I have always been glad that I studied Physics, the work we do in performance and the diagnosis and measurement of performance leans heavily on my training as a Physicist and I think that pure Computer Scientists are lacking some of the tools they need to understand measurement and performance issues. Since A. A. Michelson was a Physicist this award is especially gratifying for me.

In 1972 my High School had a link to the computer that my Father used at Hatfield Polytechnic. I taught myself BASIC and Algol during recess....

This is what most people know me for, its getting a little out of date now, since the second edition was published in 1998, but a big thank-you to my co-author Rich Pettit and everyone that bought a copy!

The book documented metrics and performance rules, and they were implemented as an SE Toolkit script called Virtual Adrian. I spent a lot of time with all the tools vendors helping them to manage Solaris better, and with Solaris engineering getting them to make Solaris more manageable. This is what justified my involvement with CMG during my time at Sun, and its the legacy that I am most proud of.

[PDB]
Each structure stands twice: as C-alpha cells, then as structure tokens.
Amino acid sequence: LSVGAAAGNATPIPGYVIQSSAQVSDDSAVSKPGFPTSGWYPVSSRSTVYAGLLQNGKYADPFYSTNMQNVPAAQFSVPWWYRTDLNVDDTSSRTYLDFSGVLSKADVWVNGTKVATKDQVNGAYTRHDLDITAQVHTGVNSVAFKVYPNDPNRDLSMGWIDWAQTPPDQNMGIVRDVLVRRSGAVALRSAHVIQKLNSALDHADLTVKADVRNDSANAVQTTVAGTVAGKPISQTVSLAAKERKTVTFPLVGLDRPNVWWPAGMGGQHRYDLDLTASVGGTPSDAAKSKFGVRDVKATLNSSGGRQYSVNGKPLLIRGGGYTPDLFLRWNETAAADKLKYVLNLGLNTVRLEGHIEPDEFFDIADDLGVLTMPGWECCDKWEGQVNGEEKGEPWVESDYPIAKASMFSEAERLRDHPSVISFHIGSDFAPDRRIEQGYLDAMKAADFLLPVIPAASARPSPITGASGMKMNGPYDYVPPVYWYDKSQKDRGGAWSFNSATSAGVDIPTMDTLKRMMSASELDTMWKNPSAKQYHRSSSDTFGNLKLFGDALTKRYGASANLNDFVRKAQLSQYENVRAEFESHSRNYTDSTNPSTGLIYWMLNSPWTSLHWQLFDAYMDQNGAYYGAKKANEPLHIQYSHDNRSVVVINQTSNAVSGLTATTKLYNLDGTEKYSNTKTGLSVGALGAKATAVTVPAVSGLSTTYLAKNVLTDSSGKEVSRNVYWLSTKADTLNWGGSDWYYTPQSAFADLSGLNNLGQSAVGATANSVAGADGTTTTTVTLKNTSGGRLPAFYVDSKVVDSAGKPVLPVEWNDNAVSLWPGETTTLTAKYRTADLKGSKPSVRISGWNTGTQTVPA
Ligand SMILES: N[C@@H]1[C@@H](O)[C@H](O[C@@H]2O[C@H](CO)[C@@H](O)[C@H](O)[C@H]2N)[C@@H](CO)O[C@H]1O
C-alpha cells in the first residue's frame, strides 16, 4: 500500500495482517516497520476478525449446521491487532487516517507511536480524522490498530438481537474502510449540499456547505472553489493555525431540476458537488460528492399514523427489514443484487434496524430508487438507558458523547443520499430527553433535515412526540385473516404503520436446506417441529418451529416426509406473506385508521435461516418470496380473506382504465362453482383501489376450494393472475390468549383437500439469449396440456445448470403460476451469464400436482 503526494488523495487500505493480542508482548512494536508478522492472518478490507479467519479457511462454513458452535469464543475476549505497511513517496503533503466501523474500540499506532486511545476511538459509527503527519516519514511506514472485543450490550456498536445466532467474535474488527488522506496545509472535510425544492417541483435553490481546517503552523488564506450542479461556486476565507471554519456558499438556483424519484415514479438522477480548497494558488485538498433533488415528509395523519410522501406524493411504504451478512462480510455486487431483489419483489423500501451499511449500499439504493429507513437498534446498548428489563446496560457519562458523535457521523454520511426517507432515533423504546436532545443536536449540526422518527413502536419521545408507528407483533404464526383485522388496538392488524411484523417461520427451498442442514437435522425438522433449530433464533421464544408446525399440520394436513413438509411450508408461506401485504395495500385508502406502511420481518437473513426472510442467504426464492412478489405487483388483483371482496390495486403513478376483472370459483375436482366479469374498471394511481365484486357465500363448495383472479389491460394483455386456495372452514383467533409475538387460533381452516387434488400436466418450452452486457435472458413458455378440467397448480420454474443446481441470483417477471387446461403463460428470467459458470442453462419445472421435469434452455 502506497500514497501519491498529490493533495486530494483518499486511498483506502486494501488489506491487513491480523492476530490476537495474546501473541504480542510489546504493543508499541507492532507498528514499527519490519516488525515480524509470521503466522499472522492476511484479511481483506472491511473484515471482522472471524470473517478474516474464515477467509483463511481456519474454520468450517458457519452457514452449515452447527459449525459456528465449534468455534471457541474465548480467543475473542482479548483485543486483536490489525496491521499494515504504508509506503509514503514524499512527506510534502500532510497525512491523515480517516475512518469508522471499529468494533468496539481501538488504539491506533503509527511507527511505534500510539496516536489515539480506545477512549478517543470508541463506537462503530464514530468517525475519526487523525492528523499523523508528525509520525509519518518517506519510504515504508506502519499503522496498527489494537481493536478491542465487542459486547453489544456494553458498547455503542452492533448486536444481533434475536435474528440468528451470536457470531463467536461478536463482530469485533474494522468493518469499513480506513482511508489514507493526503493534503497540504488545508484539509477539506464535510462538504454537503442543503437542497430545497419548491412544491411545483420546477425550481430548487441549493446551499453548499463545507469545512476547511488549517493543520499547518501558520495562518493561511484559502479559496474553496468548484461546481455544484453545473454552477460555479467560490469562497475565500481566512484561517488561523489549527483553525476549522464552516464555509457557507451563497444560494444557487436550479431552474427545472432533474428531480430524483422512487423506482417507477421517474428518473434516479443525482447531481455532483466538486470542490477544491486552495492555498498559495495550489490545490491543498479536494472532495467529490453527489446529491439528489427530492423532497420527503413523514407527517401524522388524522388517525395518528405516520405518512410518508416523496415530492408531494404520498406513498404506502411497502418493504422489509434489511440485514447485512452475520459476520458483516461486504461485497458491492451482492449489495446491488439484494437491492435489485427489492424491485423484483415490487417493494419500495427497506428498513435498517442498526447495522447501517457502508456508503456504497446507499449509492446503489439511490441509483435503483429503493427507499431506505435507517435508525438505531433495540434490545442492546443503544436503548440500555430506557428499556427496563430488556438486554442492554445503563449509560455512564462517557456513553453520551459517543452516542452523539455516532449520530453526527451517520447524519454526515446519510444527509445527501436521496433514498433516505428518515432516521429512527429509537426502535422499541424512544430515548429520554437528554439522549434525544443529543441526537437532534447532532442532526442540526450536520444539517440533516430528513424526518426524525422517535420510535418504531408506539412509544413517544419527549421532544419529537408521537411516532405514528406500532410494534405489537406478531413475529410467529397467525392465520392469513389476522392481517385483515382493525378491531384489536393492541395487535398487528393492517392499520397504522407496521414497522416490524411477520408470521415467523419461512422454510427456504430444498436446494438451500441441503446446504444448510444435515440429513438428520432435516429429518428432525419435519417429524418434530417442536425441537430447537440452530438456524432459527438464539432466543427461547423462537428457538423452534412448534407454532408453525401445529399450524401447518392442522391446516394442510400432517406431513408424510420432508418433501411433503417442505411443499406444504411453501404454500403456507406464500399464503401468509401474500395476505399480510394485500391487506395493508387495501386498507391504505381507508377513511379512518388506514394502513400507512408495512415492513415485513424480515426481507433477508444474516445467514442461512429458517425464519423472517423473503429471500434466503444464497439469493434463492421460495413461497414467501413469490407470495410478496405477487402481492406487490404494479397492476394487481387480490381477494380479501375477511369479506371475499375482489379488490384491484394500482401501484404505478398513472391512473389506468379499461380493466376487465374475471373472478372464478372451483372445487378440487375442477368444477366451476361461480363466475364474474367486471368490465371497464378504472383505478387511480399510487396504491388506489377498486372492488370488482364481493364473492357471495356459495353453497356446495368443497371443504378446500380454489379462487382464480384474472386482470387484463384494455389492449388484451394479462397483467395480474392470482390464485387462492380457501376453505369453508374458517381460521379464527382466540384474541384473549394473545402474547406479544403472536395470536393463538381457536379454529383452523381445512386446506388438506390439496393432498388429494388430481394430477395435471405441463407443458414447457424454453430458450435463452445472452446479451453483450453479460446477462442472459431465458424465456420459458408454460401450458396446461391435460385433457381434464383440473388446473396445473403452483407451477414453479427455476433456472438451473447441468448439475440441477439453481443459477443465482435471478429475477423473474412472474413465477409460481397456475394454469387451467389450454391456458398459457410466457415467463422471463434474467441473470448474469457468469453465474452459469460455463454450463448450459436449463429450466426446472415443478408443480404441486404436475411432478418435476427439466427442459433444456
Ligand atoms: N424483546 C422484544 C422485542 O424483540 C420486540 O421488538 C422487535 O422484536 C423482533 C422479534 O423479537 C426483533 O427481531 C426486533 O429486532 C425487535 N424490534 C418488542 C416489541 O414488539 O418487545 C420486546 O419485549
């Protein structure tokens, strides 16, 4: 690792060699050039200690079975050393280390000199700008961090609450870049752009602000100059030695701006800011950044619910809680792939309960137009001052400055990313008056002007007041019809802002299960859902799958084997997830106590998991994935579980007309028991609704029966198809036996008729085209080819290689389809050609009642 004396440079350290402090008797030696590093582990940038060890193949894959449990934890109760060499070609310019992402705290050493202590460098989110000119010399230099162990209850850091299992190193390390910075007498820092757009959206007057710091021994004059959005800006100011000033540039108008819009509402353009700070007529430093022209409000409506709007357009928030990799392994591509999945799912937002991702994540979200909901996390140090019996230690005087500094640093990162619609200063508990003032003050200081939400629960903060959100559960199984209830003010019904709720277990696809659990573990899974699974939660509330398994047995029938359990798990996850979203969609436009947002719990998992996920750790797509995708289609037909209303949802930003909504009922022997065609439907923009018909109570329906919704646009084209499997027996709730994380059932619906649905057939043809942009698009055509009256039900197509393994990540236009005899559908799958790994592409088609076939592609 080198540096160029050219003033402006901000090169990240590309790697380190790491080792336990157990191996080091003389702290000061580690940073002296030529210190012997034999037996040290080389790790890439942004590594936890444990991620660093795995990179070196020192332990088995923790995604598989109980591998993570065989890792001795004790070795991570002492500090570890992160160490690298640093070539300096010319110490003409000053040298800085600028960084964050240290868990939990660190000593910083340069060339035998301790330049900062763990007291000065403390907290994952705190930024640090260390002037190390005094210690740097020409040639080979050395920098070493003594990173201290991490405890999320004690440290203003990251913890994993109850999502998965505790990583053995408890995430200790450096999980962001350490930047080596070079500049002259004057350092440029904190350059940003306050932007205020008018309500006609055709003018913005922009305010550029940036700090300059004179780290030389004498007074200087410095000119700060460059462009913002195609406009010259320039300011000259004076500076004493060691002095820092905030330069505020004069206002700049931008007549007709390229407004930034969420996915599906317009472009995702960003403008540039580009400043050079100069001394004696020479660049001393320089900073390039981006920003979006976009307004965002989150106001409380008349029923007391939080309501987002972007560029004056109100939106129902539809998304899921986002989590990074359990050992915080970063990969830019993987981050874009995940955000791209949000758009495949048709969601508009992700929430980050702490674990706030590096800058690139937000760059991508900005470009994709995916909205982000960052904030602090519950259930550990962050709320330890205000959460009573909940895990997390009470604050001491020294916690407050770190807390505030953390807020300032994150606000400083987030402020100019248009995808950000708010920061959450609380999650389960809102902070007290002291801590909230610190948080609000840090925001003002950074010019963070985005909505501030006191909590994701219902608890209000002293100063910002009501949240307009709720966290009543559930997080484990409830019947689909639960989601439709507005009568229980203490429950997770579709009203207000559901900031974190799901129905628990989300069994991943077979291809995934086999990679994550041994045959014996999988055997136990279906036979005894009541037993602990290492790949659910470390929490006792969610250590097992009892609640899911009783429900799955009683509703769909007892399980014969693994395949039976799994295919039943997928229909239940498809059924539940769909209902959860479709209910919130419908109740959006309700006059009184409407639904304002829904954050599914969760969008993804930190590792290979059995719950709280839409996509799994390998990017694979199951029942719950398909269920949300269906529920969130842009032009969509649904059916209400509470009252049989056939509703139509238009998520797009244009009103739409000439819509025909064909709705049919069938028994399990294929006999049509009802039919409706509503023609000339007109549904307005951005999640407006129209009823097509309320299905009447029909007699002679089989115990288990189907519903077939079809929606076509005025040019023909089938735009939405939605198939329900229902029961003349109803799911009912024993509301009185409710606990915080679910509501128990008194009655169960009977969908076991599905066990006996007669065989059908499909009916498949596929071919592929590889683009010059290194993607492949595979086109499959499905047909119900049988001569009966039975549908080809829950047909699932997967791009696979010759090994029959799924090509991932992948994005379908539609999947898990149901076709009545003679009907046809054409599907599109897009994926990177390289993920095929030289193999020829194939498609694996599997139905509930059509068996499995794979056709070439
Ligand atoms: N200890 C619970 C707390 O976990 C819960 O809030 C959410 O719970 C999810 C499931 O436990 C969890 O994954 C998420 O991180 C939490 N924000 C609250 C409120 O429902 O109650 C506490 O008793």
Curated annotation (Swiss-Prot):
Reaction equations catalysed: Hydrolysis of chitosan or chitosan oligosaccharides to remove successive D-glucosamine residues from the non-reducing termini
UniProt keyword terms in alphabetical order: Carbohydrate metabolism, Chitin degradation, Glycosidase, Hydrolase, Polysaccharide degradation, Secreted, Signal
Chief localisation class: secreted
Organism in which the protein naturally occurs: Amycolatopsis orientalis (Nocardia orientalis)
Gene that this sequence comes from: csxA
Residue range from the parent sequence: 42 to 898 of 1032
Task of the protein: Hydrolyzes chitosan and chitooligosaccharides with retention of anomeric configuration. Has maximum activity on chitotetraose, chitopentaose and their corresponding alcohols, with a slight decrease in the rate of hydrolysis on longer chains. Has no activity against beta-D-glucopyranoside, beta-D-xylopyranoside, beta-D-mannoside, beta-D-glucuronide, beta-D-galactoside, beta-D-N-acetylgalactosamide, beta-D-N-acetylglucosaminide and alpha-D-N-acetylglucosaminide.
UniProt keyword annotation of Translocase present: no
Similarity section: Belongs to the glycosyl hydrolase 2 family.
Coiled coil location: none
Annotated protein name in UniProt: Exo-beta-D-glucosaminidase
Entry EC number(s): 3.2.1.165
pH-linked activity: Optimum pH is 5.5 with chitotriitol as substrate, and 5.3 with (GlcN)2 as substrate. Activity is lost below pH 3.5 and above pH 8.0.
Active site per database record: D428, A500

To finish, some of the things I have learned over the years that you may find useful...

If you ever try to write a book, you need to pay attention to Cockcroft's Law of Book Writing. It seems counter-intuitive to people who have never attempted to write a book, but it is the most important thing to know if you ever intend to finish a book. For example, you scope a 200 page book and start writing. After you have written 50 pages you re-scope and find your book is now a 300 page book. You write another 50 pages and find you are now writing a 400 page book. The number of pages you have left to write to finish the book is increasing! You have to reduce scope continuously and plot a trend line that slopes downwards if you ever hope to be published.